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Published on December 14th, 2018 | by özgün

What is Piezoelectricity?

You’ve probably used piezoelectricity (pronounced “pee-ay-zo-electricity”) quite a few times today. If you’ve got a quartz watch, piezoelectricity is what helps it keep regular time. If you’ve been writing a letter or an essay on your computer with the help of voice recognition software, the microphone you spoke into probably used piezoelectricity to turn the sound energy in your voice into electrical signals your computer could interpret. If you’re a bit of an audiophile and like listening to music on vinyl, your gramophone would have been using piezoelectricity to “read” the sounds from your LP records. Piezoelectricity (literally, “pressing electricity”) is much simpler than it sounds: it just means using crystals to convert mechanical energy into electricity or vice-versa. Let’s take a closer look at how it works and why it’s so useful!

What is Piezoelectricity?

Squeeze certain crystals (such as quartz) and you can make electricity flow through them. The reverse is usually true as well: if you pass electricity through the same crystals, they “squeeze themselves” by vibrating back and forth. That’s pretty much piezoelectricity in a nutshell but, for the sake of science, let’s have a formal definition:

Piezoelectricity (also called the piezoelectric effect) is the appearance of an electrical potential (a voltage, in other words) across the sides of a crystal when you subject it to mechanical stress (by squeezing it).
In practice, the crystal becomes a kind of tiny battery with a positive charge on one face and a negative charge on the opposite face; current flows if we connect the two faces together to make a circuit. In the reverse piezoelectric effect, a crystal becomes mechanically stressed (deformed in shape) when a voltage is applied across its opposite faces.

 

What is piezoelectricity used for?

There are all kinds of situations where we need to convert mechanical energy (pressure or movement of some kind) into electrical signals or vice-versa. Often we can do that with a piezoelectric transducer. A transducer is simply a device that converts small amounts of energy from one kind into another (for example, converting light, sound, or mechanical pressure into electrical signals).

The most recent innovation that uses piezoelectricity is in the sports industry, like tennis. In order to provide more comfort and power while attempting a shot, players requested racquet manufacturers to reduce the shock vibrations through the player’s arm. Piezoelectric fibres were embedded around the racquet throat and a computer chip embedded in the handle such that, when the ball is hit the fibres bent and produce charge which is transmitted to the silicon chip through a circuit. These charges are amplified and sent back to the fibres out of phase in an attempt to reduce the vibration by cancelling out the initial vibration produced when the ball was hit.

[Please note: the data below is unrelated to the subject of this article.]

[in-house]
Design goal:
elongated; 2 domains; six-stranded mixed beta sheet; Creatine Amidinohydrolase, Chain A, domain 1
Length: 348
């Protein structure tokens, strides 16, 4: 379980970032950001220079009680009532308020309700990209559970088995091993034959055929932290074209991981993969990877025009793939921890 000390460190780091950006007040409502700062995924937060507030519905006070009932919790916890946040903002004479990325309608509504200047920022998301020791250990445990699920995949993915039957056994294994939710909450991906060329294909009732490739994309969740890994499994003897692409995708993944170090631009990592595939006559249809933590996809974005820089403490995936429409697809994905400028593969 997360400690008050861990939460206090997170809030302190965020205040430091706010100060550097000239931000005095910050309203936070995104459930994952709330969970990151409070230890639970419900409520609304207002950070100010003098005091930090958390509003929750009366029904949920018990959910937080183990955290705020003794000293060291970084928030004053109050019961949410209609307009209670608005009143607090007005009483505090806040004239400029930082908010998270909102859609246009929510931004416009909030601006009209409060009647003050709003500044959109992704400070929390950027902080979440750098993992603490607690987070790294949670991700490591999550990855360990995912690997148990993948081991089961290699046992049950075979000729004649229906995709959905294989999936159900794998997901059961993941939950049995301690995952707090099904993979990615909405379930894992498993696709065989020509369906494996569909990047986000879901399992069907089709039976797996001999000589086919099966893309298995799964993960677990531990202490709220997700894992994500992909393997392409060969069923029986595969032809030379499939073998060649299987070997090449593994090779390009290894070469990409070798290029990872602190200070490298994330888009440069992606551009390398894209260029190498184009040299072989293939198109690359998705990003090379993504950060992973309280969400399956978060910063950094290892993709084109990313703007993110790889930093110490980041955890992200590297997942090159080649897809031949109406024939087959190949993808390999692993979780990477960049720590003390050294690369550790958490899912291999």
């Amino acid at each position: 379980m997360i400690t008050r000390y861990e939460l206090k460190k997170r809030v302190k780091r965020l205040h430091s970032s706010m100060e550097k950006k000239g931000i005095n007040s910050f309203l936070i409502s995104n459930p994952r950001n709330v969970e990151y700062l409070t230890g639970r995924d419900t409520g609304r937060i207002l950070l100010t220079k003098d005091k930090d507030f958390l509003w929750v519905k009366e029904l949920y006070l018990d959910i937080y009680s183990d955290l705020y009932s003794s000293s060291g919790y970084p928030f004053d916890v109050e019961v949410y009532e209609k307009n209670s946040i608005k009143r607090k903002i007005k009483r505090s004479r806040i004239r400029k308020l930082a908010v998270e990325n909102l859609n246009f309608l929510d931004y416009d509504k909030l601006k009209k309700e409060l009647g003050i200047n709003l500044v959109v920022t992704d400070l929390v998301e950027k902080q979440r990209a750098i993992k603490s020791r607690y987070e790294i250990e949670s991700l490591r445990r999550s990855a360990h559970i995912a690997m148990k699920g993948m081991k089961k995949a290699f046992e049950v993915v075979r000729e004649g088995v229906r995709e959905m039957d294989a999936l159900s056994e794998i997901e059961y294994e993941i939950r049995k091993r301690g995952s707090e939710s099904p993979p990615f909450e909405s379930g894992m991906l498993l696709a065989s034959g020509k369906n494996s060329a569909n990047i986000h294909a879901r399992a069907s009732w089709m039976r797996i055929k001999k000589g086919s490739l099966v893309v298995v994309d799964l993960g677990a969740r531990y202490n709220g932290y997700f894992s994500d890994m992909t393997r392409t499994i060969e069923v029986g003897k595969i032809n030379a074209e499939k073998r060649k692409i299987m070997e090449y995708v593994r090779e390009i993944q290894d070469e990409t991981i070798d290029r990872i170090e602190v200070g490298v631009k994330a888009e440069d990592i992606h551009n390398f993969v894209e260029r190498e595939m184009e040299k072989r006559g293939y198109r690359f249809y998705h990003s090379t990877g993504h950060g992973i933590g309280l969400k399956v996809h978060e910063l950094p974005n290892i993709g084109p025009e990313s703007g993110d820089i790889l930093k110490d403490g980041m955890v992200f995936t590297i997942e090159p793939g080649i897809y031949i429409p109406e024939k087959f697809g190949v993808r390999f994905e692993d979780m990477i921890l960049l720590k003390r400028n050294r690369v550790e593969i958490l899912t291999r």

Wearable technologies that include fitness and activity wristband, monitors that observe distance, respiration, heart rate and even sleep patterns use piezoelectric sensors. The mechanical stress and vibrations of your body organs are converted into electrical signals and are transmitted via Bluetooth, Wi-Fi or any other wireless signals into your smartphone apps. Wireless blood pressure cuffs that measure patient’s blood pressure through a phone app is also based on piezoelectric energy harvesting technique. Smart watches that can manage texts, calls, and emails, smart clothing devices that monitor body movement and other vital signs, smart eyeglasses that can record photos, videos and connect to the Internet, all these wearable devices will use piezoelectricity in the imminent future.

Piezoelectricity is also used, much more crudely, in spark lighters for gas stoves and barbecues. Press a lighter switch and you’ll hear a clicking sound and see sparks appear. What you’re doing, when you press the switch, is squeezing a piezoelectric crystal, generating a voltage, and making a spark fly across a small gap.

If you’ve got an inkjet printer sitting on your desk, it’s using precision “syringes” to squirt droplets of ink onto the paper. Some inkjets squirt their syringes using electronically controlled piezoelectric crystals, which squeeze their “plungers” in and out; Canon Bubble Jets fire their ink by heating it instead.

 

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Researcher Solid Mechanics, Finite Element and Material Science



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